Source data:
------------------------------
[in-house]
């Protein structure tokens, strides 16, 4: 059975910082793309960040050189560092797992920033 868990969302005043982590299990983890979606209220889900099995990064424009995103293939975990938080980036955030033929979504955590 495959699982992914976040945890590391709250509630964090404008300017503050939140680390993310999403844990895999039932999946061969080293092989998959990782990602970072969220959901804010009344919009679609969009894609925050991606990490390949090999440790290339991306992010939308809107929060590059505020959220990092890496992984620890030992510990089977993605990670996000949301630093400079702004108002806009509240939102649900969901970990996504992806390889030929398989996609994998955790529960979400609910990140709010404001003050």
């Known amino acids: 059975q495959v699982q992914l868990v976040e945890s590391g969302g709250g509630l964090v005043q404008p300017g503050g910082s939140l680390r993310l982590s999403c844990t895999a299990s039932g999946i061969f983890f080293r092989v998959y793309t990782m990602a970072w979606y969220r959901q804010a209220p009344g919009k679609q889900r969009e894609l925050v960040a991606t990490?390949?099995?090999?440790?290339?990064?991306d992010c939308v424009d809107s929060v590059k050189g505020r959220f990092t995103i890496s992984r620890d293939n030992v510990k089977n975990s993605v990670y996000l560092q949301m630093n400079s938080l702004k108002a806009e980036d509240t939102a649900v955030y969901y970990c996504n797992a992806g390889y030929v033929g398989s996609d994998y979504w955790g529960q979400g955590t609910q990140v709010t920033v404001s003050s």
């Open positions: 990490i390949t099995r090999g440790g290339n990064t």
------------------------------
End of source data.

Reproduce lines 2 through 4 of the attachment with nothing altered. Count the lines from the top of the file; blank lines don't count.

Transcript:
């Protein structure tokens, strides 16, 4: 059975910082793309960040050189560092797992920033 868990969302005043982590299990983890979606209220889900099995990064424009995103293939975990938080980036955030033929979504955590 495959699982992914976040945890590391709250509630964090404008300017503050939140680390993310999403844990895999039932999946061969080293092989998959990782990602970072969220959901804010009344919009679609969009894609925050991606990490390949090999440790290339991306992010939308809107929060590059505020959220990092890496992984620890030992510990089977993605990670996000949301630093400079702004108002806009509240939102649900969901970990996504992806390889030929398989996609994998955790529960979400609910990140709010404001003050």
């Known amino acids: 059975q495959v699982q992914l868990v976040e945890s590391g969302g709250g509630l964090v005043q404008p300017g503050g910082s939140l680390r993310l982590s999403c844990t895999a299990s039932g999946i061969f983890f080293r092989v998959y793309t990782m990602a970072w979606y969220r959901q804010a209220p009344g919009k679609q889900r969009e894609l925050v960040a991606t990490?390949?099995?090999?440790?290339?990064?991306d992010c939308v424009d809107s929060v590059k050189g505020r959220f990092t995103i890496s992984r620890d293939n030992v510990k089977n975990s993605v990670y996000l560092q949301m630093n400079s938080l702004k108002a806009e980036d509240t939102a649900v955030y969901y970990c996504n797992a992806g390889y030929v033929g398989s996609d994998y979504w955790g529960q979400g955590t609910q990140v709010t920033v404001s003050s």
């Open positions: 990490i390949t099995r090999g440790g290339n990064t």